- Armament and disarmament
- Conflict, peace and security
- Peace and development
- SIPRI Yearbook
- News and Events
Introduction, Dan Smith
I. Security issues in 2020: A global overview
II. The Covid-19 pandemic
III. The US election
IV. International cooperation
Following a sharp deterioration in global stability and security during the last decade, the balance sheet largely remained unchanged in 2020. In a year dominated by the Covid-19 pandemic, that conclusion might seem overly optimistic. However, it is supported by the evidence in the 52nd edition of the SIPRI Yearbook.
The broad trends indicate a mixed picture: global military spending continued to rise, but the volume of international arms transfers remained roughly stable; nuclear arms control continued to stagnate and the United States withdrew from the 1992 Treaty on Open Skies, but the Treaty on the Prohibition of Nuclear Weapons received sufficient support to enter into force in January 2021; the number of armed conflicts increased again, but the global total of fatalities in war fell significantly; and, although geopolitics remained toxic, a balance was largely maintained between potential escalation and restraint in most geopolitical hotspots. Climate change continued apace—2020 was the equal warmest year for which temperatures have been recorded going as far back as 1850—but some progress was made at the Climate Ambition Summit held in December 2020, albeit that the targets and pledges announced appear insufficient to meet the aim of restricting global warming to 2°C.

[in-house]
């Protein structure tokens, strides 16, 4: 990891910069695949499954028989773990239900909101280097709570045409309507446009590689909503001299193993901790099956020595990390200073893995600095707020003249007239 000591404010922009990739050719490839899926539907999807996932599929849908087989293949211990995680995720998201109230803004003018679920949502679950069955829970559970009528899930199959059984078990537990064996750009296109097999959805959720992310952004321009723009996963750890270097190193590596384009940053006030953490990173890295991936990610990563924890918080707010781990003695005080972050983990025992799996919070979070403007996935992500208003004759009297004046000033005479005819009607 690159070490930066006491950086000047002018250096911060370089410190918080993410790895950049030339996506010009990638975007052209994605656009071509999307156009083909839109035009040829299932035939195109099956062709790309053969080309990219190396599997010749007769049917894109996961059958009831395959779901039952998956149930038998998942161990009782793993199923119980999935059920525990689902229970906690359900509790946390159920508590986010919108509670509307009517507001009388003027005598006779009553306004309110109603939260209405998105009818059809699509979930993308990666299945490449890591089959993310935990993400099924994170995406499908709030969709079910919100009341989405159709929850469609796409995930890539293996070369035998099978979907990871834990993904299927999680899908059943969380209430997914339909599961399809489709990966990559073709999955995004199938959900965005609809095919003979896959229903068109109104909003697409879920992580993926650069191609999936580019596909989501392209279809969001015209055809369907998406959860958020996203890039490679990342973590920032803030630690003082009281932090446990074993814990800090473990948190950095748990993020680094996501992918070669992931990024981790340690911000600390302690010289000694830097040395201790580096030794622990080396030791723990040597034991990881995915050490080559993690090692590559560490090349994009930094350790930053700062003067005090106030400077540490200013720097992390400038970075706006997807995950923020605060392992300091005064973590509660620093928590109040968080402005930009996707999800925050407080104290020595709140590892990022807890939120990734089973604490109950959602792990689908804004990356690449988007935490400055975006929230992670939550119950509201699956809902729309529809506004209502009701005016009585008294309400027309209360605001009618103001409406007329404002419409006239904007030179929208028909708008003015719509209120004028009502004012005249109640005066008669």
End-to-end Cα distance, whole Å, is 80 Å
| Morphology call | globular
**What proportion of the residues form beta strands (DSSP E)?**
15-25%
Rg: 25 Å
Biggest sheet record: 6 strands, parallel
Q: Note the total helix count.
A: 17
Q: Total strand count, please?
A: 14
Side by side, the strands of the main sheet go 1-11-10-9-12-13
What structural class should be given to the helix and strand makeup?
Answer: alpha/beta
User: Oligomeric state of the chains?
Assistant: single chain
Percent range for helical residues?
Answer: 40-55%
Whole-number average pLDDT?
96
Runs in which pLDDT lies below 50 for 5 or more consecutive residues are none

By the end of 2020, some 82 million people were recorded as having contracted Covid-19 and recorded deaths numbered approximately 1.8 million—although both figures are probably major underestimates. While the pandemic had little direct impact on the conduct of armed conflicts in 2020, it led to increases in psychological stress and domestic violence. The pandemic also had major economic and political effects. It led to reduced economic output in all except 20 countries, reversed three decades of progress in poverty reduction, and contributed to widespread deterioration in the quality of democracy. All these effects will in turn have possible future security consequences.
The 2020 US presidential election result brought to an end a US administration that had challenged multiple features of the international system. However, there is little reason to think that global politics will swiftly become less confrontational as US competition with China and Russia will probably continue. Meanwhile, there remains considerable support within the USA for the politics and policies of the previous administration. This will cast a long shadow over international relations as other governments ponder how much they can rely on US undertakings and commitments.
The political disputes that festered throughout 2020 about responsibility for the origin of Covid-19 were symptoms of an ailing international body politic. Despite this, many institutions of international cooperation remained vibrant, but simply required greater care and attention. Perhaps what is most important at the start of 2021 is to strengthen and re-energize routines of international cooperation.